- News of yet more successful clinical trials for remdesivir were a factor in driving markets on Friday. Gilead’s now famous antiviral treatment reduced the risk of death by a whopping 62%, providing “significantly improved clinical recovery” for those in the trial. The phase three trial included 312 patients and compared them to 818 severely sick patients receiving just standard care. 7.6% of those receiving remdesivir died whereas 12.5% of those who did not receive the treatment died. 75% of those receiving remdisivir recovered by 14 days, continuing to expedite the hospitalization stay requirement. “This analysis importantly draws from a real-world setting and serves as an important adjunct to clinical trial data, adding to our collective understanding of this virus and reflecting the extraordinary pace of the ongoing pandemic,” ~ Dr. Susan Olender of Columbia University Irving Medical Center
- The “serious/critical” rate in the United States is now at a record low of 0.91% (less than 1%) – 15,819 cases out of 1,727,788. I will point out, though, that while the serious/critical cases have not gone up, it is because the total active cases have gone up that the percentage dropped. Regardless, that <1% rate is extremely noteworthy, and apparently not worthy of being noted anywhere else.
- And if I may, allow me to point out for the fifth or sixth time that, of course, the “active cases” are not anywhere near 1.7 million … Once a positive test occurs, the process for that case to be classified as “recovered” and taken off the “active” roles is murky at best, and totally unknown at worst.
- The data in London, Stockholm, and New York City all have something profound in common: Prevalance of cases reaching or exceeding 20% seems to lead significant burn-out in rapid order, in very similar patterns and timelines (within these three major world cities). A higher infection rate in NY vs. other U.S. states remains the most plausible explanation I can find for why NY has seen no case growth increase after their widespread protests and gatherings of 4-5 weeks ago, vs. other states where there was a minimal infection rate already baked in.
- I am more and more convinced (and possibly markets are, too) that the threshold for herd immunity in a practical sense is much lower than we previously believed. In line with the preceding paragraph, I commend this article to you, authored by the Professor of Genetic Epidemiology at Lund University and the Professor of Epidemiology at Umeå University.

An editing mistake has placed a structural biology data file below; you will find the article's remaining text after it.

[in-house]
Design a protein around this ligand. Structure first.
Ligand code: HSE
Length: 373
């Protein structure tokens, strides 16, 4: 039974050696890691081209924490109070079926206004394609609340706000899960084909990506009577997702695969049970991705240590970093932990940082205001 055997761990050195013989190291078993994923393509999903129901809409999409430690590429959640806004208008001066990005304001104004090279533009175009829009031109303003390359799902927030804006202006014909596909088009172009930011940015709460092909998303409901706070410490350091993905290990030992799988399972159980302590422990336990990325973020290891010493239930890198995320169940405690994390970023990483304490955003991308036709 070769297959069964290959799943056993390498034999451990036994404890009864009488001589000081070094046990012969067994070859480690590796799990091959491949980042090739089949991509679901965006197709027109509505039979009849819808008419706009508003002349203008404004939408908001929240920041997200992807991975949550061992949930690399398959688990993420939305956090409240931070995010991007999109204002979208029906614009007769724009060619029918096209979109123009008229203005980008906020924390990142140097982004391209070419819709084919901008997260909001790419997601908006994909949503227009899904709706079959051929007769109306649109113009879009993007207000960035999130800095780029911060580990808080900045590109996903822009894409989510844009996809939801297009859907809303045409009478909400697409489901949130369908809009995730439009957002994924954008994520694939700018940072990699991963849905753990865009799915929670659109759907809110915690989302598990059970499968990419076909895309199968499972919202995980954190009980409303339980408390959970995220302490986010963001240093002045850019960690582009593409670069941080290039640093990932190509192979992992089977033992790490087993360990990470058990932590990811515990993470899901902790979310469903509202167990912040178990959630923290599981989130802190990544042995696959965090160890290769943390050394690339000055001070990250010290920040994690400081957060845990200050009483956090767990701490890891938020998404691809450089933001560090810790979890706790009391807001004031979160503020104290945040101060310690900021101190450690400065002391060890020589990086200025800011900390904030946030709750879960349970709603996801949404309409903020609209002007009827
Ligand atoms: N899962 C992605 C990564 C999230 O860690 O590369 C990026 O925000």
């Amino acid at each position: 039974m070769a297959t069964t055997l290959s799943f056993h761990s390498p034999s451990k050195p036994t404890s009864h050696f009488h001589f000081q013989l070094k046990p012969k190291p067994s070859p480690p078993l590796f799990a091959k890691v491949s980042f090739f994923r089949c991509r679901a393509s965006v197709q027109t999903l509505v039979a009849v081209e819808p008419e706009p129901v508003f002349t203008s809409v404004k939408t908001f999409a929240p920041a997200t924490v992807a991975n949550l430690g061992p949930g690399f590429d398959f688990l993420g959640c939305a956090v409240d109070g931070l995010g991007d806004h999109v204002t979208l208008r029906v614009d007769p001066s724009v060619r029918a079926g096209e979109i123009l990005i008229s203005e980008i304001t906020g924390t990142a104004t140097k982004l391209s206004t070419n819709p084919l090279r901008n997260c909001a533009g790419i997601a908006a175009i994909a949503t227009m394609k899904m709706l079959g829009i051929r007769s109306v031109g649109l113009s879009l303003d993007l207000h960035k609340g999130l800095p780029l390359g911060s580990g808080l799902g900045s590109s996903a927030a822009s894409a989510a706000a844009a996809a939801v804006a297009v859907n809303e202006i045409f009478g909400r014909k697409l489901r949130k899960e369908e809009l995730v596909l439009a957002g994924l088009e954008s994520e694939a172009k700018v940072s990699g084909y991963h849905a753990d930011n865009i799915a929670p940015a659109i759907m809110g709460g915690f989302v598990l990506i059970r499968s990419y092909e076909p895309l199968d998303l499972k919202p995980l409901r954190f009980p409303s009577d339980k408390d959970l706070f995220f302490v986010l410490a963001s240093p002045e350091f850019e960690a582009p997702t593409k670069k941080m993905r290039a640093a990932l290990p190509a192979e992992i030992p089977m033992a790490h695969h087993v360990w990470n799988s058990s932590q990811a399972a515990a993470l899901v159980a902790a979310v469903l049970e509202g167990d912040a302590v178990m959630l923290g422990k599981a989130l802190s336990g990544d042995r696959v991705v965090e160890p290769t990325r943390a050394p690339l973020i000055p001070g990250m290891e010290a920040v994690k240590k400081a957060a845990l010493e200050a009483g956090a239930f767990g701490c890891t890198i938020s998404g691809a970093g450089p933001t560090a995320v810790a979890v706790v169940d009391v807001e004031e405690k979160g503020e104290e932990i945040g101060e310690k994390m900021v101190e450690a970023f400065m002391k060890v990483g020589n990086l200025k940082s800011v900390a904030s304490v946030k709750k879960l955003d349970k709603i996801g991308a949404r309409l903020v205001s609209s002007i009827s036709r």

- The 7-day average in new cases has slowed substantially, the lowest rate in over three weeks. New cases seem to have peaked in Arizona (yesterday was the first day in quite some time that Arizona’s new cases did not make the top four). Pantheon is targeting July 20 as the date U.S. cases will have peaked. I do believe it may be earlier, but I think there is legitimate reason to believe the peak in case growth is a week away. Beyond that I will be very curious at what the hysteria camp will use to maintain the present narrative.
* Pantheon Macroeconomics, July 12, 2020
- The weekend’s testing data shows over 729,000 tests done each day the last three days (all-time three-day record), with a positivity rate of 8.4%.
* The COVID Tracking Project, July 12, 2020
- 44 states put together are at 20,000 hospitalizations right now – in a country of 330 million people. Yes, there are 32,000 hospitalizations in the other six states. But I really believe that ratio is significant.
- Add India to the list of countries who have determined hydroxychloroquine is an effective treatment for COVID with minimal or no side effects. The early use vs. late use distinction appears to have tremendous scientific difference. 53 studies here – 32 of which were peer-reviewed. Science.
FACT (Florida, Arizona, California, Texas):
- I really don’t know what to do with the information but report it. 333 labs in Florida yesterday reported 100% positive tests (of their 3,528 combined tests). Well, since we know 100% did not test positive, it means they are reporting positives but not negatives). This does not alter the absolute number of positive cases, but it would bring the positivity rate from roughly 12% to roughly 8%. As of press time, I have not found or heard a counter to this revelation, but perhaps one is out there.
- One week ago hospital beds in FL were at a 74% use; today they are at 76%. First of all, in both weeks ~25% is a LOT of capacity … But more to my point, you all have heard the media coverage of this week, and no doubt, the case growth has been real (and their testing capacity has been incredible). So 2% growth in use of beds? ICU beds went from 77% to 79%? Perspective is key here.